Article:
Claude Lanzmann can't take no for an answer. In 1979, while shooting what would be his nine-and-a-half-hour epic documentary on the Holocaust, "Shoah," Lanzmann tried to get Maurice Rossel to cooperate with the project. Rossel was one of six International Red Cross workers who, in 1944, visited Theresienstadt, the Nazis' "model Jewish settlement."

Model, indeed! It was a model of pulling-wool-over-eyes that some giggling Nazis must have dreamed up during a Happy Hour at the Fuhrer's bunker. With too much schnapps under their belts, they decided to turn the camp into a charade of caring and compassion where Jews would get medical care and decent food and proper clothes and earn a decent living as cobblers or tailors or teachers or dentists.

This was theater at its most absurd. What the Nazis pulled off at Theresienstadt was not "banal"--that disarming adjective that Hannah Arendt used about Adolf Eichmann while he was being tried in Jerusalem for his many crimes against humanity. This didn't smack of the commonplace but of a weird genius that just about defied category, all in the service of a Solution that was getting precariously close to being Final.

The Nazis' glory--and Rossel's shame--is that he fell for it. His glowing report to his superiors in Geneva almost praised the Nazis for what they were doing at Theresienstadt, not knowing, of course, that 7,500 Jews had been shipped to Auschwitz shortly before he arrived to make it less crowded. And that within two weeks after he left, another 15,000 would be sent to that same hellhole.

Rossel knows he was duped, and that is why he said no to Lanzmann when the filmmaker first requested an interview. And why he said no again when Lanzmann persisted. But he didn't say no when Lanzmann knocked on his door and stood outside with his film crew, who all smiled and looked friendly and maybe even harmless--and Rossel, now a good doctor in eternally neutral Switzerland, invited them in.

What can easily be said about Rossel is that he is still the trusting sort. That may--or may not--be to his advantage. He trusted the Nazis at Theresienstadt, and look where that got him. He trusted Lanzmann, and look where that got him: impaled on the big screen in Lanzmann's new film, "A Visitor From the Living," an embarrassment to Rossel himself, although Rossel is still too oblivious to the reality around him--and within himself--to know it.

"A Visitor From the Living" is deceptively simple: 99% of it shows Rossel sitting in a comfortable chair in his study, chain-smoking and fending off Lanzmann's questions with verbal shrugs and polysyllabic evasions. (In the other 1% of the film, we see Lanzmann posing his queries and a few shots of the disturbingly empty streets of Theresienstadt.) But by the end of the film, we learn that duplicity has many faces, and that one of these is staring at us from the screen: Rossel's face is too smug, too self-satisfied, and forever, we imagine, immune from the revelatory plague of self-doubt.

That's the chilling sadness of "A Visitor From the Living," which had its U.S. premiere last year at the United States Holocaust Memorial Museum in Washington. About the only other screenings it will have in the U.S. is at a few film festivals.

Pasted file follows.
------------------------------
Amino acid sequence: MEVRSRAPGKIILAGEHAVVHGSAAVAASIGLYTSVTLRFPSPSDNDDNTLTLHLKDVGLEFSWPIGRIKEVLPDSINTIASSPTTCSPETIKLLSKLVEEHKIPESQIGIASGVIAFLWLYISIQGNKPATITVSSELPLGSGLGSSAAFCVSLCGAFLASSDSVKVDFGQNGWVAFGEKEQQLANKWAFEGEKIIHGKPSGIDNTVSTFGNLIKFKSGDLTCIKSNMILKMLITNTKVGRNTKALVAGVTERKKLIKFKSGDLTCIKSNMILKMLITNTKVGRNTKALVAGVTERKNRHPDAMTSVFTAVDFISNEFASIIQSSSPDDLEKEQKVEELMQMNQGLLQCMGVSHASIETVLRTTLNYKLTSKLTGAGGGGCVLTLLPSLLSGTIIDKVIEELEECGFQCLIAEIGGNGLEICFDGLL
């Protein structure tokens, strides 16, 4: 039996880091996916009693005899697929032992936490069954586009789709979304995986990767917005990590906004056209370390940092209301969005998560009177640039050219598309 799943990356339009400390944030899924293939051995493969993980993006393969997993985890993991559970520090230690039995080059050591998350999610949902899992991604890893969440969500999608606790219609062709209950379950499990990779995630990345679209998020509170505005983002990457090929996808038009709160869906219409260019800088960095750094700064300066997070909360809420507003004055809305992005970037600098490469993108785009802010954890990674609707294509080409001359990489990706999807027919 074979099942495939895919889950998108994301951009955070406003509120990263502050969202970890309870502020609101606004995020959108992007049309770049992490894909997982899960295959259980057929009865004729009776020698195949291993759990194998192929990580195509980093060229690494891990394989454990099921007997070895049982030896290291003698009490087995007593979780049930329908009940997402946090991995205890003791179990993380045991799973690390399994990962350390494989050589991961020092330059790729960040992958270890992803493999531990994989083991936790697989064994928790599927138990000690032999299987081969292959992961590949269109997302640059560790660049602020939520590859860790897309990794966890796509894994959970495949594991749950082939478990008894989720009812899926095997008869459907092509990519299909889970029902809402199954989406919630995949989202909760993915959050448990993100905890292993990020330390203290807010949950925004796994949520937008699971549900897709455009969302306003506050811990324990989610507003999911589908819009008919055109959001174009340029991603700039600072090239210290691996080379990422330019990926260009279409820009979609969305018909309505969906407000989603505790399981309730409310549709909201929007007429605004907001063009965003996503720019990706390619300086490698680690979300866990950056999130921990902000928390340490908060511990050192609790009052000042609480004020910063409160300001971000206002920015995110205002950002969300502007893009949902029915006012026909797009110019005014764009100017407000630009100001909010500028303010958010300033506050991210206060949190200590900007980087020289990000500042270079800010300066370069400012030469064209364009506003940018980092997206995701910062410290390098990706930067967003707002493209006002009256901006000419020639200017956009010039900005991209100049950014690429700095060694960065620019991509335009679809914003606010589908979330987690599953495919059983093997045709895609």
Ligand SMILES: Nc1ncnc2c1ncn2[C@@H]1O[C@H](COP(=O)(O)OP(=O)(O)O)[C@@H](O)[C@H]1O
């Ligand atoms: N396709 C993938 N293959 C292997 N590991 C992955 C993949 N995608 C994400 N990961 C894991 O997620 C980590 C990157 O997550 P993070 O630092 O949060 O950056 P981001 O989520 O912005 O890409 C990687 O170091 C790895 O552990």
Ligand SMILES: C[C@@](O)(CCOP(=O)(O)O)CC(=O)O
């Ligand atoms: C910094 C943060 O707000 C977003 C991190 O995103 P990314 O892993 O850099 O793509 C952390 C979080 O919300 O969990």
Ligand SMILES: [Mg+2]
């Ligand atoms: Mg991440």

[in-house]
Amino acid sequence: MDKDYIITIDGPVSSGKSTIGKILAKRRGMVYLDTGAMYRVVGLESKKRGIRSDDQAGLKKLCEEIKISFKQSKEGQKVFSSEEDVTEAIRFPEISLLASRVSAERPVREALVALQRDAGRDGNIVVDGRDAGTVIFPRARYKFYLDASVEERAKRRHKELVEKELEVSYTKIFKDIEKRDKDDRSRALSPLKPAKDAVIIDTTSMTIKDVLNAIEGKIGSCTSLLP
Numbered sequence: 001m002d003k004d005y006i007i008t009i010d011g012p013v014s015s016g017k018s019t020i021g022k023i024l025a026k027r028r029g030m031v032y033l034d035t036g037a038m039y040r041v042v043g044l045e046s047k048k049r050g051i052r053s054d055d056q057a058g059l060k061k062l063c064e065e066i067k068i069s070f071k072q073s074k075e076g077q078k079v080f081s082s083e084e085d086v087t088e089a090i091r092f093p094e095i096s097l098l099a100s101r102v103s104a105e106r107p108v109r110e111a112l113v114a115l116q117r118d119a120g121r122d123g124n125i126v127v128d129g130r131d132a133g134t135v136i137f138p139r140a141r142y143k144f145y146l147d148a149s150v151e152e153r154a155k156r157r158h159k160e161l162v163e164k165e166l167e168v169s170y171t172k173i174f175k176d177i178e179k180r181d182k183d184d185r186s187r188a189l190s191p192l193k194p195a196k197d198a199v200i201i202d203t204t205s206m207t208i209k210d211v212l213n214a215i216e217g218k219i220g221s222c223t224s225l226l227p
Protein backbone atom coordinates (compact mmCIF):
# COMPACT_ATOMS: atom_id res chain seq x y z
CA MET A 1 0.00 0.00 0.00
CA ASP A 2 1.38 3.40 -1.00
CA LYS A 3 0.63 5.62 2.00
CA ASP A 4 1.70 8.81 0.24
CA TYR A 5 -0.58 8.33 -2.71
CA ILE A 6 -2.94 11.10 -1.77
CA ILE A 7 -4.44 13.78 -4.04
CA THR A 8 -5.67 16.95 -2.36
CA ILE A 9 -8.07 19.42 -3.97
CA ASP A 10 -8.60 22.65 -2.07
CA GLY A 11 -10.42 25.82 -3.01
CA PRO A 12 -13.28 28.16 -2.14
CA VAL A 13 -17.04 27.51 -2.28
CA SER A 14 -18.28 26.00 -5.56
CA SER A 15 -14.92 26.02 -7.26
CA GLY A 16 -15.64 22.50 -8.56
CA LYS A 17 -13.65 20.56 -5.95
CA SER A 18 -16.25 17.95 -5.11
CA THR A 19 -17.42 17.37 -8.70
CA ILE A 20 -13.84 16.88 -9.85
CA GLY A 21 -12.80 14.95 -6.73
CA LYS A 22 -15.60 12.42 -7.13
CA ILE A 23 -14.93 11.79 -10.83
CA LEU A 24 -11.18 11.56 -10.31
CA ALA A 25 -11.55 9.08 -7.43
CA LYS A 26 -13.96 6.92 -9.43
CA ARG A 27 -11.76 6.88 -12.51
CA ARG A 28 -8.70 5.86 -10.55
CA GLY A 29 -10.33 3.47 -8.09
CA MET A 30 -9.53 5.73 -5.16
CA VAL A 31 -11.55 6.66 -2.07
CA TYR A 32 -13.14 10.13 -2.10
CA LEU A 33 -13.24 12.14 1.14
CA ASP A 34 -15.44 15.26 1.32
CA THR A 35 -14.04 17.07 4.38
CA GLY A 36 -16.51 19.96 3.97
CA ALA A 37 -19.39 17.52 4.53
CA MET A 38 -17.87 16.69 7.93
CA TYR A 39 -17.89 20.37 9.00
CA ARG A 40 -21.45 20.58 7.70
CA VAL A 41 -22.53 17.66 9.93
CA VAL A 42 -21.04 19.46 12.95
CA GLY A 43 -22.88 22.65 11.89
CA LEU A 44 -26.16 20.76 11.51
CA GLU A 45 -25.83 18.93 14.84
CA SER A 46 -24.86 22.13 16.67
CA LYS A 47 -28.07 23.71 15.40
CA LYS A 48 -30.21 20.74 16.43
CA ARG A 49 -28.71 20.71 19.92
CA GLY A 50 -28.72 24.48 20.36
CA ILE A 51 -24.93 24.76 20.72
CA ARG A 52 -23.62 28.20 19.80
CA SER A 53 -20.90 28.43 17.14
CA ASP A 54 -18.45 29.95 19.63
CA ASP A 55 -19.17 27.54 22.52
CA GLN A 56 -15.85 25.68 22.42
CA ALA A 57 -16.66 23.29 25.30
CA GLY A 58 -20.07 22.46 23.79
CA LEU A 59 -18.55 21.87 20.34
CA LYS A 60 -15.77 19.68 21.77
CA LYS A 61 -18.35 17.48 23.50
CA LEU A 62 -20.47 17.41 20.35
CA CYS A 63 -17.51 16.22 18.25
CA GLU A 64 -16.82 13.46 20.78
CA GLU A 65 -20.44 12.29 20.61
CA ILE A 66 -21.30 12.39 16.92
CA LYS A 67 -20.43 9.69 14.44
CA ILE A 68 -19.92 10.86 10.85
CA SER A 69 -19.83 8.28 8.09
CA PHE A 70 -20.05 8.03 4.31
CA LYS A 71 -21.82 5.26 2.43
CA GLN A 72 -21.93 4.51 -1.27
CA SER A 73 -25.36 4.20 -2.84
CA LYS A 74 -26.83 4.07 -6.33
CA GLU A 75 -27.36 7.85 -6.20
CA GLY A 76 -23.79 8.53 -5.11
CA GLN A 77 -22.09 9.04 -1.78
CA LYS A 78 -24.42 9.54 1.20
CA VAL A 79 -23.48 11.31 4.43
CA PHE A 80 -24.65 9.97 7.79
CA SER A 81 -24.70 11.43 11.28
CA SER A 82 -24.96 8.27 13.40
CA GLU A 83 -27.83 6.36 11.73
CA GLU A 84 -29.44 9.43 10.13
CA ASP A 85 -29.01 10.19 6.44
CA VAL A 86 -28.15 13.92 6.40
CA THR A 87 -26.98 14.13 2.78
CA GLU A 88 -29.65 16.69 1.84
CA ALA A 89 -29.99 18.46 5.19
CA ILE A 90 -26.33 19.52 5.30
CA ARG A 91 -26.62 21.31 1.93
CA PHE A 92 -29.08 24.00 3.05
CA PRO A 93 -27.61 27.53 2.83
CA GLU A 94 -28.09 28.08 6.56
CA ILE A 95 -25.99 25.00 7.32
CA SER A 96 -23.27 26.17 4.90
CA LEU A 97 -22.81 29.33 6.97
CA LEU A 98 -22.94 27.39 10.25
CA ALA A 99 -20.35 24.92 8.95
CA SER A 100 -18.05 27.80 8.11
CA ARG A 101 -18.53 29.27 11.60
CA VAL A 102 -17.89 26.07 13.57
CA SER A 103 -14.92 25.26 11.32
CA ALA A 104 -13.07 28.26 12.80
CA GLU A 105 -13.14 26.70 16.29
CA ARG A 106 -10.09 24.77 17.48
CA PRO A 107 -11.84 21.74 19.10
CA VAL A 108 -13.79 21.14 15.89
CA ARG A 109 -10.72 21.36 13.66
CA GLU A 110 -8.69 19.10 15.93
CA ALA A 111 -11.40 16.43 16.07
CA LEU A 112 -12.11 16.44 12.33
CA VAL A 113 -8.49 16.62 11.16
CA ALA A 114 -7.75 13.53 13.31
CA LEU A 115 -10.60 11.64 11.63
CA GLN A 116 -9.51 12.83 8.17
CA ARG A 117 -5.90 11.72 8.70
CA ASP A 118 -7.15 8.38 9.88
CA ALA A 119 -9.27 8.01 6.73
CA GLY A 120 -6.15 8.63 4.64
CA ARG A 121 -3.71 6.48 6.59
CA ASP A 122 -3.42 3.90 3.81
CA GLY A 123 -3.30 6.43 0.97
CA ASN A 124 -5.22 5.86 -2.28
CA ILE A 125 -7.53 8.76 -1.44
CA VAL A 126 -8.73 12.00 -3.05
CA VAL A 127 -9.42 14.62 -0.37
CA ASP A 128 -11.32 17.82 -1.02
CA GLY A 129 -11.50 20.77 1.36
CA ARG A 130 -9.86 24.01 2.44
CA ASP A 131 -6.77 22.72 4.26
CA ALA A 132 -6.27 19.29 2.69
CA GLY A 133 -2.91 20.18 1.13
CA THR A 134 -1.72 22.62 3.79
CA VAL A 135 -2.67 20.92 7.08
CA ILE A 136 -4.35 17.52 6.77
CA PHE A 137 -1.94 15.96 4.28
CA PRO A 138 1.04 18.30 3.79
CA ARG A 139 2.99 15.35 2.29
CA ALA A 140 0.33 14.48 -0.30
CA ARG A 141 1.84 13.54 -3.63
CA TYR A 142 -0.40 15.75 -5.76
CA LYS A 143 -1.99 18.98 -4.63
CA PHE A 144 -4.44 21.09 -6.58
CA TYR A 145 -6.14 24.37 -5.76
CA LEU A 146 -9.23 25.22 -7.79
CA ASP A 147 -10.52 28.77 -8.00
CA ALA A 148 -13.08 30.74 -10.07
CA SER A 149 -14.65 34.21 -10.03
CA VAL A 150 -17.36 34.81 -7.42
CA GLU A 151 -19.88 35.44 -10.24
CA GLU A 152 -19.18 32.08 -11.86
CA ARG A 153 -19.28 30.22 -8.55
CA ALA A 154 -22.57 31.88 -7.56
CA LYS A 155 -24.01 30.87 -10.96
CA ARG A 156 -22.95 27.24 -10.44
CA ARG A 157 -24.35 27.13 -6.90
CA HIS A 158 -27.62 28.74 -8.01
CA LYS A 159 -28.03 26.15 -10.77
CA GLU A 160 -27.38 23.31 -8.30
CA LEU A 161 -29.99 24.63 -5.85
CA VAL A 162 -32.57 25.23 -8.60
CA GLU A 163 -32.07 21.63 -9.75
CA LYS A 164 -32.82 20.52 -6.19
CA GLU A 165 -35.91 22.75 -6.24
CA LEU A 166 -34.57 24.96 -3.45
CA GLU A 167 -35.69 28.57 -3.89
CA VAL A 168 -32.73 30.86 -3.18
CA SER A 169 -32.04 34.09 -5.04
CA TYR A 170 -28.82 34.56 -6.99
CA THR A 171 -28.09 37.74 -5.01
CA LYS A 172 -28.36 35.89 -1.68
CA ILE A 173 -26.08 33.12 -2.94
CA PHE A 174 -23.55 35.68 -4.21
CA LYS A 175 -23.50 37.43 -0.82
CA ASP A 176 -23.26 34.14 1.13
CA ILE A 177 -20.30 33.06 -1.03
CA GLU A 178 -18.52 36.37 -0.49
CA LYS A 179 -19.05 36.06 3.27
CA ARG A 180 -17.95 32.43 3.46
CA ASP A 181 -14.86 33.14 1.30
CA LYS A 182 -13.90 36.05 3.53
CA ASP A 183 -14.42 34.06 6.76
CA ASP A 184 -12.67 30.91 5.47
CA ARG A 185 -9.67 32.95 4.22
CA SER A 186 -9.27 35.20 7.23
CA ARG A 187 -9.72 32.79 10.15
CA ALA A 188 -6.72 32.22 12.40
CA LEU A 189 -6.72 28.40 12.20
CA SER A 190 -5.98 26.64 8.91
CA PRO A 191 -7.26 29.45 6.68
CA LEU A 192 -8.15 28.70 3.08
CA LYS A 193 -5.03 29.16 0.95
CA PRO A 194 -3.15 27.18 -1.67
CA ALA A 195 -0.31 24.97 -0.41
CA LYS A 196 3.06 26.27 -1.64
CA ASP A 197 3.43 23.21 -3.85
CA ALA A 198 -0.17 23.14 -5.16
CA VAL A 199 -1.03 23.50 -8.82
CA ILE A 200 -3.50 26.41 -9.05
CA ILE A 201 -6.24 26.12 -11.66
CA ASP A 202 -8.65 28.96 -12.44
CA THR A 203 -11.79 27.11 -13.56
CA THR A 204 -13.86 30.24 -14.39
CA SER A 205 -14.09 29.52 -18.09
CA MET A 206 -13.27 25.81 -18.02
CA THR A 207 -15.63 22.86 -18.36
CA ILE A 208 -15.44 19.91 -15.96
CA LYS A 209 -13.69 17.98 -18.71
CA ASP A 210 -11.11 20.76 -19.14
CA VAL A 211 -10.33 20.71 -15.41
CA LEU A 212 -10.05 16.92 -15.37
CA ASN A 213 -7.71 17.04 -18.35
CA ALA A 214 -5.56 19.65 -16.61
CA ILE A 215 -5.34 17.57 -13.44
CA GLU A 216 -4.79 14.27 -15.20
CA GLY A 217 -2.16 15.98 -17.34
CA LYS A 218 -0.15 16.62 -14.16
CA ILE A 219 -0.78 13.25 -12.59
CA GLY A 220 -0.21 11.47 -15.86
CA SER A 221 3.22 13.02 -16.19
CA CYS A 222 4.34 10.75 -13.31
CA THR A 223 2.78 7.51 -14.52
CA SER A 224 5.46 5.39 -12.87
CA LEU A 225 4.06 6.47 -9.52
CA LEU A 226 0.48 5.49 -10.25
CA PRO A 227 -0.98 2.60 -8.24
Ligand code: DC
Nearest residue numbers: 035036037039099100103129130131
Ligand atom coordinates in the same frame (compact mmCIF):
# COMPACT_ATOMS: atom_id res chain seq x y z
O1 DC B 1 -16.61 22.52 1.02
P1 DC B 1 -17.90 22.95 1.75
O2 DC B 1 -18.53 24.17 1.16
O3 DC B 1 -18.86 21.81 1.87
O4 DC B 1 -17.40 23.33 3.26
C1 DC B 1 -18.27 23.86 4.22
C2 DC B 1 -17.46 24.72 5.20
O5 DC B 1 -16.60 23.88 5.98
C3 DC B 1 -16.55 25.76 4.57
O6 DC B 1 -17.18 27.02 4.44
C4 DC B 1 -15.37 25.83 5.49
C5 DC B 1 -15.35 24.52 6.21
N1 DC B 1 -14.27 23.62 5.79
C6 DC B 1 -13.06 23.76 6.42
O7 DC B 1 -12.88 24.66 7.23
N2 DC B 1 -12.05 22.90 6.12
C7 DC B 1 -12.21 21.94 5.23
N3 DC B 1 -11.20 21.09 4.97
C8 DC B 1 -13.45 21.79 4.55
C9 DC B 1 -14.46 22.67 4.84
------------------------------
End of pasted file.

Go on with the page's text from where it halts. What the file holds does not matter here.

All this is a shameful function of the marketplace, of the cinema circuit, of the art houses. "A Visitor From the Living" needs to be on as many screens as possible--large and small--so we can all look into the face of Maurice Rossel and see this man who saw what few on earth had the "privilege" of seeing: not only Theresienstadt, but even Auschwitz, which he visited unannounced in 1943 to chat amiably for half an hour with the "elegant" commandant. He had driven through rows of walking corpses, had smelled no stench, and seen no flames from the crematoria. But his admiration for that gentleman of a commandant remains unabated even today.

So with Rossel, we have a man whose "meager reports," as he calls them, about Auschwitz and Theresienstadt evinced, as he admits, absolutely "no useful information." Even worse is that we have a man for whom the trapdoor of memory has not widened into elucidation and illumination, of whom Schopenhauer might have been speaking when he wrote, "We do not like ruminating on what is unpleasant, at least when it wounds our vanity.... Therefore, much that is unpleasant is also forgotten."

The Rossel interview never made it into the final cut of "Shoah": of the hundreds of hours that Lanzmann shot, there was only so much he could reduce even into that film's mammoth length of nine hours. So it now stands alone. And because of that, Rossel's obtuseness may be even more glaring than if it had been compacted into the longer film.

At the new film's Los Angeles screening, several survivors yelled that Lanzmann had "whitewashed" Rossel, that Lanzmann's seemingly gentle interviewing of Rossel was intended to exonerate him. (Lanzmann slightly placated them by explaining that he chose that mode of questioning because he had arrived unannounced at Rossel's house--and didn't want to be thrown out.) One audience member shouted that the French and the Red Cross were as culpable as the Nazis for the Holocaust. Lanzmann got so furious that he challenged some of the audience to step outside for a fight.

A friend who was there told me, "I guess the amount of emotion around this issue is such a tidal wave that it submerges reason.... It was a very powerful and scary experience to see such anger, incomprehension, and hysteria erupt between people who are completely on the same side; when a fellow survivor who has given years of his life to this cause can be seen as an enemy. I felt I was in a madness that nothing could stop."

Half a century after the Holocaust, its power to madden us has not abated. We are still swept away by its undertow, which is how it should always be.

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